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Prosecutor Limits Blagojevich Impeachment Probe

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SPRINGFIELD, Ill. — Federal prosecutors have asked an Illinois House impeachment committee not to delve into the criminal charges against Gov. Rod Blagojevich, a request that could hasten a decision on whether to boot Blagojevich from office

In a letter released Tuesday, U.S. Attorney Patrick Fitzgerald warned the committee that interviewing witnesses and discussing documents related to the charges against Blagojevich could undermine his criminal investigation. He declined to give the committee documents and other information about his probe, but left open the possibility of giving the committee copies of Blagojevich conversations captured by federal wiretaps.

"Any inquiry into these topics, as well as the taking of testimony from present and former members of the governor's staff, could significantly compromise the ongoing criminal investigation," Fitzgerald wrote.

Committee members had promised to abide prosecutors' recommendations about what should be off limits, so Fitzgerald's request means the panel won't conduct its own investigation of possible criminal activity. They have said that if they can't pursue the criminal charges, then their fact-gathering work is largely done.

State Rep. Barbara Flynn Currie, the committee chairwoman, said a decision on whether to recommend an impeachment vote by the full House could come the week of Jan. 5.

"We're not prepared to drag our feet," Currie said at a news conference Monday.

The committee has been taking testimony on other possible grounds for impeachment _ that Blagojevich defied legislative orders, spent money without authorization, defied rules for issuing leases and contracts and gave jobs and board memberships to campaign donors.

But it could still weigh the criminal charges against the governor, even if it doesn't conduct its own review. Members say they'll examine evidence outlined in the federal complaint against Blagojevich, including recordings of conversations in which he allegedly discussed how to benefit from appointing a new U.S. senator.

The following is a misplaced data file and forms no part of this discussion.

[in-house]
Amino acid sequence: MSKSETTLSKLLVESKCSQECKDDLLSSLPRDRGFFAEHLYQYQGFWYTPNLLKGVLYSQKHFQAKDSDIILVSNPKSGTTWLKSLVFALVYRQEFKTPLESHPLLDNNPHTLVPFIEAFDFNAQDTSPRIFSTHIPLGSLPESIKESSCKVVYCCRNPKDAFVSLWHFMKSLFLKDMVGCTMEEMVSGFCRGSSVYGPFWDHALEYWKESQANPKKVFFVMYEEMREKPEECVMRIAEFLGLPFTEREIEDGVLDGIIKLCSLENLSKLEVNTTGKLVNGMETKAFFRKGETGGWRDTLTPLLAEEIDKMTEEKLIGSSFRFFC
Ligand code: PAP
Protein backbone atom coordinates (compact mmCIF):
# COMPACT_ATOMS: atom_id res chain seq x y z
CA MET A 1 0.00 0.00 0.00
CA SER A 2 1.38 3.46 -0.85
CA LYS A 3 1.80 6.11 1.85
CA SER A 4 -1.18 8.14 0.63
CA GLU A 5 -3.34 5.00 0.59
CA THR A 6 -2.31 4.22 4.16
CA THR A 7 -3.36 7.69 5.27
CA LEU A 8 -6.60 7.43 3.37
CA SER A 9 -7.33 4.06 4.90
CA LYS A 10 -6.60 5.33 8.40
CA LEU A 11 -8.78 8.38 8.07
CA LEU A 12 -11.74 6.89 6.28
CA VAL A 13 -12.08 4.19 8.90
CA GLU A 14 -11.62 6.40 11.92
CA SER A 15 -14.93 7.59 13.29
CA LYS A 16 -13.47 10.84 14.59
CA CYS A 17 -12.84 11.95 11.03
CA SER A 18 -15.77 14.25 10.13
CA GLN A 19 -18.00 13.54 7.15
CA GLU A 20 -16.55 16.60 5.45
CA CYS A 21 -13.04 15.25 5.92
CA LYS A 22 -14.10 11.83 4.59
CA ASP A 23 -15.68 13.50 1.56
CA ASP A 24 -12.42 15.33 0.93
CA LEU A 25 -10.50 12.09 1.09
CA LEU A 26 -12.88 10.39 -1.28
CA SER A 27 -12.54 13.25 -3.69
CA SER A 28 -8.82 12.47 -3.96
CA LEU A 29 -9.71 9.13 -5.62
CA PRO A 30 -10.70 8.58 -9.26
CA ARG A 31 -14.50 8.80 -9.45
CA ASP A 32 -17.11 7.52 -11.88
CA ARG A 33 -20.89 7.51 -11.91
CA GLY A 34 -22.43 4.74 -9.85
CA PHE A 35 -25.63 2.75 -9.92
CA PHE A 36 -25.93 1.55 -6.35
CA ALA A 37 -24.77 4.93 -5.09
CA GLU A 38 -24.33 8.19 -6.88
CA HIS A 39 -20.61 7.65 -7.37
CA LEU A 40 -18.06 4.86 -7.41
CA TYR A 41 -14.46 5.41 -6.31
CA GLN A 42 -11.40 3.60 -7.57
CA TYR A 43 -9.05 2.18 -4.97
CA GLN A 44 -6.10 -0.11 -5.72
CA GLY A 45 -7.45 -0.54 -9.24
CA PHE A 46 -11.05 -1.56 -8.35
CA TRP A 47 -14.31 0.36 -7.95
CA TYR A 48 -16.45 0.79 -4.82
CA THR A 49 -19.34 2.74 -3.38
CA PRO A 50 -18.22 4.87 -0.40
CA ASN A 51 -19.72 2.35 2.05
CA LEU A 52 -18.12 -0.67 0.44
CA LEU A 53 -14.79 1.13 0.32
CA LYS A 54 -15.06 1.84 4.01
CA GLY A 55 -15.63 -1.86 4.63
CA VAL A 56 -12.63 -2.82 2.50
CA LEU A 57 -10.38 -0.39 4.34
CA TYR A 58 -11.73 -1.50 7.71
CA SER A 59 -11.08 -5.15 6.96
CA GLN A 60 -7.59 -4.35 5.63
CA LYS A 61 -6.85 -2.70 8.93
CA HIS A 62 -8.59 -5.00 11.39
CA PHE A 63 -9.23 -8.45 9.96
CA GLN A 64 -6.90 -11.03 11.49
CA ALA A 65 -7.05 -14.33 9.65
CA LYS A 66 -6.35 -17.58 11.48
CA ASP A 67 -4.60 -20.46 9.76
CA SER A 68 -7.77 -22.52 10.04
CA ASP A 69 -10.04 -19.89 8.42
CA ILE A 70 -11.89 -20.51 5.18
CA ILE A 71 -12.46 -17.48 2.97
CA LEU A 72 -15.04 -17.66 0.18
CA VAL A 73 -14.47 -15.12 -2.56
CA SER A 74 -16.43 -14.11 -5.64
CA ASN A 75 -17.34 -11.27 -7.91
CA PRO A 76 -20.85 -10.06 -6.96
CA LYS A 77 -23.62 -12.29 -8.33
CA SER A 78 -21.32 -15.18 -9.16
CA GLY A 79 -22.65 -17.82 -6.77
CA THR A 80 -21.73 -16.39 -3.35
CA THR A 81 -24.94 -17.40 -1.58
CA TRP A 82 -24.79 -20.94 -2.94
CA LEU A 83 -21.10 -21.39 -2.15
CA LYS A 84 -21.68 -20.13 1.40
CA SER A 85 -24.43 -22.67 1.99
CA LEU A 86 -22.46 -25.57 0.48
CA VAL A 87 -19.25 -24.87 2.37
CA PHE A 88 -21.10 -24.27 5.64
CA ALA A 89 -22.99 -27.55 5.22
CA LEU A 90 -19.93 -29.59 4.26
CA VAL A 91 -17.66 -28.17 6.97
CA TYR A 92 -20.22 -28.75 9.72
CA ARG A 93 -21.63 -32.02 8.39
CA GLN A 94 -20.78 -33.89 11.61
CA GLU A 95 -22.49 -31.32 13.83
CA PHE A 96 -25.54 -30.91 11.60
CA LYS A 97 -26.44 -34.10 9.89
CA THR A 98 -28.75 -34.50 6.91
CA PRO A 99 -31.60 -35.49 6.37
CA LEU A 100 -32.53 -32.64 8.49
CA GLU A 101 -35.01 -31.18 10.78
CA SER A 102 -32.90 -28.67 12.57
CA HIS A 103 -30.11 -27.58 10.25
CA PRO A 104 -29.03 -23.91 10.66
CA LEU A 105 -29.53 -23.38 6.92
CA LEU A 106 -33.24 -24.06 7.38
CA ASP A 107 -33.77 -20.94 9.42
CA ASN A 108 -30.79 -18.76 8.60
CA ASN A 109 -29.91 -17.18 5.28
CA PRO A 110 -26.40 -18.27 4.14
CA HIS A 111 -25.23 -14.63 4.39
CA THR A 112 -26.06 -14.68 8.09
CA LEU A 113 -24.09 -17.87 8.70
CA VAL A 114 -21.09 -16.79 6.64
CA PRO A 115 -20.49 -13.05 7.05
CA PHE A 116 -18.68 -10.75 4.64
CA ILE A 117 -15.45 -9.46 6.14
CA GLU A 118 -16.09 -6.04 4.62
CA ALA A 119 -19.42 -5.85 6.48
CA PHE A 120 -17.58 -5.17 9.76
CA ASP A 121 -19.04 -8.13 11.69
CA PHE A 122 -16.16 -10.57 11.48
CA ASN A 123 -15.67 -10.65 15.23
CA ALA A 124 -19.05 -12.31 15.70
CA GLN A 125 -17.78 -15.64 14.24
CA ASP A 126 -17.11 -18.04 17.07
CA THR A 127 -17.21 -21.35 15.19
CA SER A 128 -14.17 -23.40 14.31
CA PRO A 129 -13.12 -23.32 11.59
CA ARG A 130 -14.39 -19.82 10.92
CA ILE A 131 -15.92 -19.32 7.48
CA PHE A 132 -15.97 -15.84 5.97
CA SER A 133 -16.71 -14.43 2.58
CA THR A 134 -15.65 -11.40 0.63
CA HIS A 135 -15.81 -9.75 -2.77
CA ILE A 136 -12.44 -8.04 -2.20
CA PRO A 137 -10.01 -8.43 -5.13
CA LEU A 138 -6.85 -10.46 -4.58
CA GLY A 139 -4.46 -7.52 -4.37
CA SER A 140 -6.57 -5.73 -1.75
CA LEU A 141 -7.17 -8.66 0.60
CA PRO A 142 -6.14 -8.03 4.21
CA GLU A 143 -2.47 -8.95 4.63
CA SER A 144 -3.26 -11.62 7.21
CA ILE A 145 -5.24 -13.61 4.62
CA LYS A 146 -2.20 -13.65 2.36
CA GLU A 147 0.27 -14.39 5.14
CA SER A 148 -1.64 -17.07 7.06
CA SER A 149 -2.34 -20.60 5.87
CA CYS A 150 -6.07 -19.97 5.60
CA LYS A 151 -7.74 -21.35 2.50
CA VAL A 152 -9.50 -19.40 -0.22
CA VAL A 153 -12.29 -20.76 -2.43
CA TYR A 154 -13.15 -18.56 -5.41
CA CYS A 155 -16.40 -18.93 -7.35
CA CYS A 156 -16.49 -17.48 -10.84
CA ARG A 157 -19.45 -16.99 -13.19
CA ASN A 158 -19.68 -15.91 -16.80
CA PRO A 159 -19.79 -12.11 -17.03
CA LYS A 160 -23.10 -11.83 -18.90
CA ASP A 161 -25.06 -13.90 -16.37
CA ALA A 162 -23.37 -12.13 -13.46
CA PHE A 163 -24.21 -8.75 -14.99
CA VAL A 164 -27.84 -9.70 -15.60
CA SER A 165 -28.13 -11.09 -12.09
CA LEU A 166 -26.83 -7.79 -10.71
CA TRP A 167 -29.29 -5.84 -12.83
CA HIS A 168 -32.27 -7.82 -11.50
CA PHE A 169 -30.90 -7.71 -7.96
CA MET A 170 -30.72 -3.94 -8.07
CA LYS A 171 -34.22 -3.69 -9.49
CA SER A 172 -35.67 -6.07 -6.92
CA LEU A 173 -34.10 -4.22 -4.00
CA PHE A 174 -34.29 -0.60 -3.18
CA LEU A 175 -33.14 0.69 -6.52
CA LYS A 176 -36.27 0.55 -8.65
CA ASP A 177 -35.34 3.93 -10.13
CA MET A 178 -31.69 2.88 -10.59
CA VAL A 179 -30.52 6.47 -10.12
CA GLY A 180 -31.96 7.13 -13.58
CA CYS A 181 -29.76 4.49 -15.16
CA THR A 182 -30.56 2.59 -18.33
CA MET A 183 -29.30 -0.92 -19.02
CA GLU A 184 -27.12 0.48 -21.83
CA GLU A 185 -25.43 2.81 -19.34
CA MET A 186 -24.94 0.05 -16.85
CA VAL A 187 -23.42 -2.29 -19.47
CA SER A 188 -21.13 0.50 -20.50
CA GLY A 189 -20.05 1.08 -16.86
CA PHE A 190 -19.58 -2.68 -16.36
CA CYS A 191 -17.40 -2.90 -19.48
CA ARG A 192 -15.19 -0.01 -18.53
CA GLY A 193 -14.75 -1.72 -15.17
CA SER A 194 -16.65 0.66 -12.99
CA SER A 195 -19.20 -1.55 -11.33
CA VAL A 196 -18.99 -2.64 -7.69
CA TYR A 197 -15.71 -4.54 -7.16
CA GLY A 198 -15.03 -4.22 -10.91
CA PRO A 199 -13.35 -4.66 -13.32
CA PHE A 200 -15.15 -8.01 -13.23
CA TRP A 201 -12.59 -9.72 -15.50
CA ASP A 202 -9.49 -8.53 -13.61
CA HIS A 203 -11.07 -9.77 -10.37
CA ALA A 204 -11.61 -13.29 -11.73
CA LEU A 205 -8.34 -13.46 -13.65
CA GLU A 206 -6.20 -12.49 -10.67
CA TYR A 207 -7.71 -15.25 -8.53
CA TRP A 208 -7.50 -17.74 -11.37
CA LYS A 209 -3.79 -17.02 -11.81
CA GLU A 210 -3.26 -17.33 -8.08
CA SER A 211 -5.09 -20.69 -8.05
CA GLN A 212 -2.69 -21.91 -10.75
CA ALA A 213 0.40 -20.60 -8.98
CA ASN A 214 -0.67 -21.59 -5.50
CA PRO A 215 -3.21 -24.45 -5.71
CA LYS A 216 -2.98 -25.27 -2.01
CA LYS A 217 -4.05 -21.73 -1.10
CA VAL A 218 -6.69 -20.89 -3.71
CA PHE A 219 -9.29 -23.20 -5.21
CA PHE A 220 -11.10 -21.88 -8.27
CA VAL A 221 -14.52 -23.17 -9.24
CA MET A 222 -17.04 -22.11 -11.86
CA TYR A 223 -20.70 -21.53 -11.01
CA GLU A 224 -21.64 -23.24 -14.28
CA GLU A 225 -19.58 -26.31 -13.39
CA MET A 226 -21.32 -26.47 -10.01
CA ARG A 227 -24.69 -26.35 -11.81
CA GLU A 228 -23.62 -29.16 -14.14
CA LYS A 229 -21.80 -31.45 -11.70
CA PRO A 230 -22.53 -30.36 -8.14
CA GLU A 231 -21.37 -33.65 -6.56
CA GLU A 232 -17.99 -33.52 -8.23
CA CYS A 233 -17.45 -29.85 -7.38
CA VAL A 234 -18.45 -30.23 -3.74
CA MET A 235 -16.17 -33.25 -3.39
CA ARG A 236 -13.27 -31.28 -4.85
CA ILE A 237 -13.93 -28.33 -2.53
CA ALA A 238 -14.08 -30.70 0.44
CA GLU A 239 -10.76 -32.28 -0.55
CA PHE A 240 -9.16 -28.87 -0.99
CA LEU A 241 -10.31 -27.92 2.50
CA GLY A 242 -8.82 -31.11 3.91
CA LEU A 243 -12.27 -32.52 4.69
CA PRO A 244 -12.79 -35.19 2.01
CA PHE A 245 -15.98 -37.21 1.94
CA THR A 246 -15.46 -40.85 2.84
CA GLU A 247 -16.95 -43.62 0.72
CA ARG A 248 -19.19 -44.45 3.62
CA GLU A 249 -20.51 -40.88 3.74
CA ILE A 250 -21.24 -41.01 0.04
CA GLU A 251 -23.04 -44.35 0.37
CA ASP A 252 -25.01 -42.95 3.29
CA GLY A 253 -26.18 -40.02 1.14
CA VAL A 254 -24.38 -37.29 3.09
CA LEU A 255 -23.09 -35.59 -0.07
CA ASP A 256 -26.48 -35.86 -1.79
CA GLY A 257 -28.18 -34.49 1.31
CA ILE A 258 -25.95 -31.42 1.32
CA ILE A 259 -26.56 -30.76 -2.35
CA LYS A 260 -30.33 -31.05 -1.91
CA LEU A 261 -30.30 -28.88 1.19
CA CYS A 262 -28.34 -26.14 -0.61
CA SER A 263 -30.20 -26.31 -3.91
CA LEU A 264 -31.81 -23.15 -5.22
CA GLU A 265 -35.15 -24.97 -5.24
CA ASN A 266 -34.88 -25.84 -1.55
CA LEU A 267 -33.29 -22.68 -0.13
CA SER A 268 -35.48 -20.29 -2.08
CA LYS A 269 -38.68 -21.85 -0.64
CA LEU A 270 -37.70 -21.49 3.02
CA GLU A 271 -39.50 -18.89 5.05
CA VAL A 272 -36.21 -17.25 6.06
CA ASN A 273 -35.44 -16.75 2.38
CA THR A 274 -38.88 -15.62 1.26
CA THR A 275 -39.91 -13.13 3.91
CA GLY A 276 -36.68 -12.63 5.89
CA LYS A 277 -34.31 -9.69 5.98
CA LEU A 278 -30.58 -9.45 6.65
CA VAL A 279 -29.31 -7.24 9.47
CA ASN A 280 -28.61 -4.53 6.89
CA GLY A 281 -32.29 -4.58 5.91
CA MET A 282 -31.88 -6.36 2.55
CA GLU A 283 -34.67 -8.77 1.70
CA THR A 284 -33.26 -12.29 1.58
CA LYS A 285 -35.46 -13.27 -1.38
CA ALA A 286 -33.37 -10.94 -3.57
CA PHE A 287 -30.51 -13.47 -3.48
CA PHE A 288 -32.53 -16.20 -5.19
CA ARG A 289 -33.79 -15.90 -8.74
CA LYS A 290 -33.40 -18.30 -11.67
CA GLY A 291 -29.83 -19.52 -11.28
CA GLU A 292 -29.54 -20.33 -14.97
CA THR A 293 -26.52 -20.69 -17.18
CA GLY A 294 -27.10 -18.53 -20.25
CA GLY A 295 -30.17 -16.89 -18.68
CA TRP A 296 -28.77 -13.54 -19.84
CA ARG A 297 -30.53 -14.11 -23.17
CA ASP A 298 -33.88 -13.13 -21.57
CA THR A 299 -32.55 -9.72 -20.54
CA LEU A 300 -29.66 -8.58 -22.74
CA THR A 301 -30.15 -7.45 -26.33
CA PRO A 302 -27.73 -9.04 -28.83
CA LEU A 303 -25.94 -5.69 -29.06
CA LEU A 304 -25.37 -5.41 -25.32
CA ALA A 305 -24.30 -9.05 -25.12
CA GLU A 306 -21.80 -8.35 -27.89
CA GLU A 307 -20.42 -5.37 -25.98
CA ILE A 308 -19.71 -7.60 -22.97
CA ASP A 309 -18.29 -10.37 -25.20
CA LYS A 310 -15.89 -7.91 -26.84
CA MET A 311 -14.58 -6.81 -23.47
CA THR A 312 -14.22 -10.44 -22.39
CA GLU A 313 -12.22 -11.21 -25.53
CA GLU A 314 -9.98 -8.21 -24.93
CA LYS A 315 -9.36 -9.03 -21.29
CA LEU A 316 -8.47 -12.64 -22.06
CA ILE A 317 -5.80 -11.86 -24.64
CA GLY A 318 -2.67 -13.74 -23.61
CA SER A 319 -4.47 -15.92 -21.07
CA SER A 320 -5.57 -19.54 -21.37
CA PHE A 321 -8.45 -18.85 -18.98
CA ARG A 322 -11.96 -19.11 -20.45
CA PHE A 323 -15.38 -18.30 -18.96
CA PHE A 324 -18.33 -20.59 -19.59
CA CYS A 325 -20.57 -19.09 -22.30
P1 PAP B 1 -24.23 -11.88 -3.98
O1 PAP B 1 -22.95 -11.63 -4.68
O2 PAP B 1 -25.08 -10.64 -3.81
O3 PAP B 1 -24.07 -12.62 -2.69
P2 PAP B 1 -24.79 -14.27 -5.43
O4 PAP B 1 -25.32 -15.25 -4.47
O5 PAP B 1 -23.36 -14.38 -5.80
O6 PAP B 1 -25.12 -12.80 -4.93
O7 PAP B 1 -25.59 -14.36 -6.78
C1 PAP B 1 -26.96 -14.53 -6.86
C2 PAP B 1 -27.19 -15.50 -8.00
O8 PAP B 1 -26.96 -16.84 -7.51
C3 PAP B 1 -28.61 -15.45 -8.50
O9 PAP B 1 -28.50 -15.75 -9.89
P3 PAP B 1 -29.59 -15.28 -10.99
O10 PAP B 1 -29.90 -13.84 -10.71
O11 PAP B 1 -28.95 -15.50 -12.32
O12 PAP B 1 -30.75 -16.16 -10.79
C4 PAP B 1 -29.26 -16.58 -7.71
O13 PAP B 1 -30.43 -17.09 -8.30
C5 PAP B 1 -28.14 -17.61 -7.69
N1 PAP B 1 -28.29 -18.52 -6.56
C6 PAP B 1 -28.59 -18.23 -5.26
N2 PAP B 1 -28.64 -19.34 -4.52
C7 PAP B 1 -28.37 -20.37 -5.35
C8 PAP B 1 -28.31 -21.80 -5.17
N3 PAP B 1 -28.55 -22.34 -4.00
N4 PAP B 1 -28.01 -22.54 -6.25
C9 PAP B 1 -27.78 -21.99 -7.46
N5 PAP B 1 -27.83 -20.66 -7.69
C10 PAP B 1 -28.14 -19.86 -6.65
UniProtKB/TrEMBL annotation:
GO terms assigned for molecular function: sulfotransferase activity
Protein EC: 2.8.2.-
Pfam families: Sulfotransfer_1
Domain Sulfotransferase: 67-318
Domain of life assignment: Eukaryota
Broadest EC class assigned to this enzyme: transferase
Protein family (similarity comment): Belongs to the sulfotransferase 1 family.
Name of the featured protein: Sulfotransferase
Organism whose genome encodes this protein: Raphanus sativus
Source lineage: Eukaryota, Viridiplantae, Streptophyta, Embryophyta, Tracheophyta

Blagojevich attorney Ed Genson has argued it's improper for the committee to consider the charges or the excerpts from wiretaps. And he says the evidence presented to the committee does not justify removing the governor.

"I don't think the evidence in this case should call for impeachment," attorney Ed Genson said after Monday's hearing. "There are no facts here. All we have are inferences."

Genson did not return a call seeking comment Tuesday.

Blagojevich was arrested Dec. 9 on corruption charges, triggering an avalanche of demands for his resignation. Blagojevich maintains he is innocent and will stay in office to fight the accusations.

The committee will meet again next week so Blagojevich's lawyer can respond to earlier witnesses.

Should it recommend a full House vote and the House vote to impeach Blagojevich, the state Senate would hold a trial to decide if the governor should be removed from office.

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On the Net: U.S. attorney's letter: http://tiny.cc/y4PR0